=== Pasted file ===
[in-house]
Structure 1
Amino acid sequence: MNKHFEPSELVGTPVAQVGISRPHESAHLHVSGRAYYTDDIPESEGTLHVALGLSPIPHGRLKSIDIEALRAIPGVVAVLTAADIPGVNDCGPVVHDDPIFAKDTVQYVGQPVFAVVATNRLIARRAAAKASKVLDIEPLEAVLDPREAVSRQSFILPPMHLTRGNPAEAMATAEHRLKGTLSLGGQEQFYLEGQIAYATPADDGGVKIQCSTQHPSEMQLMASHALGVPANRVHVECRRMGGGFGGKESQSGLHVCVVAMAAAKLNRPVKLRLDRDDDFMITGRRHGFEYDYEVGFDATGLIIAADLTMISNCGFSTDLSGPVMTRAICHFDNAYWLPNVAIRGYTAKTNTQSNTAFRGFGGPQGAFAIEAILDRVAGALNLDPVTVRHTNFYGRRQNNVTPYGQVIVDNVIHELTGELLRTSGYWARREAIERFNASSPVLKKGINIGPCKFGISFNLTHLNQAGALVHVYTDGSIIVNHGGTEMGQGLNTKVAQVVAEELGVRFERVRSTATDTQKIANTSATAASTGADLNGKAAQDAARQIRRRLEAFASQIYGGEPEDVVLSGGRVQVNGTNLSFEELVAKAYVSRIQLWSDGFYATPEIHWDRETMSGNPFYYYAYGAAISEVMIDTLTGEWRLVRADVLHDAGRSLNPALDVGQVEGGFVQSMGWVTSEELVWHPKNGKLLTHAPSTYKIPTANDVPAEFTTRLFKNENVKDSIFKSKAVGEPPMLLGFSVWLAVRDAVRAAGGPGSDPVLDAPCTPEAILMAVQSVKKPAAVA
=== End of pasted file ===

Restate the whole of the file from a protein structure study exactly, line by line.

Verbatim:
[in-house]
Structure 1
Amino acid sequence: MNKHFEPSELVGTPVAQVGISRPHESAHLHVSGRAYYTDDIPESEGTLHVALGLSPIPHGRLKSIDIEALRAIPGVVAVLTAADIPGVNDCGPVVHDDPIFAKDTVQYVGQPVFAVVATNRLIARRAAAKASKVLDIEPLEAVLDPREAVSRQSFILPPMHLTRGNPAEAMATAEHRLKGTLSLGGQEQFYLEGQIAYATPADDGGVKIQCSTQHPSEMQLMASHALGVPANRVHVECRRMGGGFGGKESQSGLHVCVVAMAAAKLNRPVKLRLDRDDDFMITGRRHGFEYDYEVGFDATGLIIAADLTMISNCGFSTDLSGPVMTRAICHFDNAYWLPNVAIRGYTAKTNTQSNTAFRGFGGPQGAFAIEAILDRVAGALNLDPVTVRHTNFYGRRQNNVTPYGQVIVDNVIHELTGELLRTSGYWARREAIERFNASSPVLKKGINIGPCKFGISFNLTHLNQAGALVHVYTDGSIIVNHGGTEMGQGLNTKVAQVVAEELGVRFERVRSTATDTQKIANTSATAASTGADLNGKAAQDAARQIRRRLEAFASQIYGGEPEDVVLSGGRVQVNGTNLSFEELVAKAYVSRIQLWSDGFYATPEIHWDRETMSGNPFYYYAYGAAISEVMIDTLTGEWRLVRADVLHDAGRSLNPALDVGQVEGGFVQSMGWVTSEELVWHPKNGKLLTHAPSTYKIPTANDVPAEFTTRLFKNENVKDSIFKSKAVGEPPMLLGFSVWLAVRDAVRAAGGPGSDPVLDAPCTPEAILMAVQSVKKPAAVA